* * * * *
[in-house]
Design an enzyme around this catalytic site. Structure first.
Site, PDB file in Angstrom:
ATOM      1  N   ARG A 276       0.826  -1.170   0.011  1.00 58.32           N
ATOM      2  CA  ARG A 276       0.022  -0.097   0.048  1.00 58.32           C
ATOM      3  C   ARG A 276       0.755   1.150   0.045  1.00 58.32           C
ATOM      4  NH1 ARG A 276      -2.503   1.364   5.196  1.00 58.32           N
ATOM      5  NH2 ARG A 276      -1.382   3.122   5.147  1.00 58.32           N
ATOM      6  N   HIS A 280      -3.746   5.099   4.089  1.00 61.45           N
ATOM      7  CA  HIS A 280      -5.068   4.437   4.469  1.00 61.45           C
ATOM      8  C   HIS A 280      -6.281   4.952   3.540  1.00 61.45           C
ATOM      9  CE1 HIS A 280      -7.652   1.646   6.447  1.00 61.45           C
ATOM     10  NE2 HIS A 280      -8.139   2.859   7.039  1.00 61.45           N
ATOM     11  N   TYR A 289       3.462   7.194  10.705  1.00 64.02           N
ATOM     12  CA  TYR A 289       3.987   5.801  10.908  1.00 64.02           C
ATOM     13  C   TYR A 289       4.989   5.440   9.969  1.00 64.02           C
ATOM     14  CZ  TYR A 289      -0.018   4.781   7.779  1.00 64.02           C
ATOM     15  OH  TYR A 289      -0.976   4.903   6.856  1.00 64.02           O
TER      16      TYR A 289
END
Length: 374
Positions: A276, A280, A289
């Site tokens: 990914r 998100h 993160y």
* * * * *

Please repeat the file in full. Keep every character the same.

[in-house]
Design an enzyme around this catalytic site. Structure first.
Site, PDB file in Angstrom:
ATOM      1  N   ARG A 276       0.826  -1.170   0.011  1.00 58.32           N
ATOM      2  CA  ARG A 276       0.022  -0.097   0.048  1.00 58.32           C
ATOM      3  C   ARG A 276       0.755   1.150   0.045  1.00 58.32           C
ATOM      4  NH1 ARG A 276      -2.503   1.364   5.196  1.00 58.32           N
ATOM      5  NH2 ARG A 276      -1.382   3.122   5.147  1.00 58.32           N
ATOM      6  N   HIS A 280      -3.746   5.099   4.089  1.00 61.45           N
ATOM      7  CA  HIS A 280      -5.068   4.437   4.469  1.00 61.45           C
ATOM      8  C   HIS A 280      -6.281   4.952   3.540  1.00 61.45           C
ATOM      9  CE1 HIS A 280      -7.652   1.646   6.447  1.00 61.45           C
ATOM     10  NE2 HIS A 280      -8.139   2.859   7.039  1.00 61.45           N
ATOM     11  N   TYR A 289       3.462   7.194  10.705  1.00 64.02           N
ATOM     12  CA  TYR A 289       3.987   5.801  10.908  1.00 64.02           C
ATOM     13  C   TYR A 289       4.989   5.440   9.969  1.00 64.02           C
ATOM     14  CZ  TYR A 289      -0.018   4.781   7.779  1.00 64.02           C
ATOM     15  OH  TYR A 289      -0.976   4.903   6.856  1.00 64.02           O
TER      16      TYR A 289
END
Length: 374
Positions: A276, A280, A289
């Site tokens: 990914r 998100h 993160y």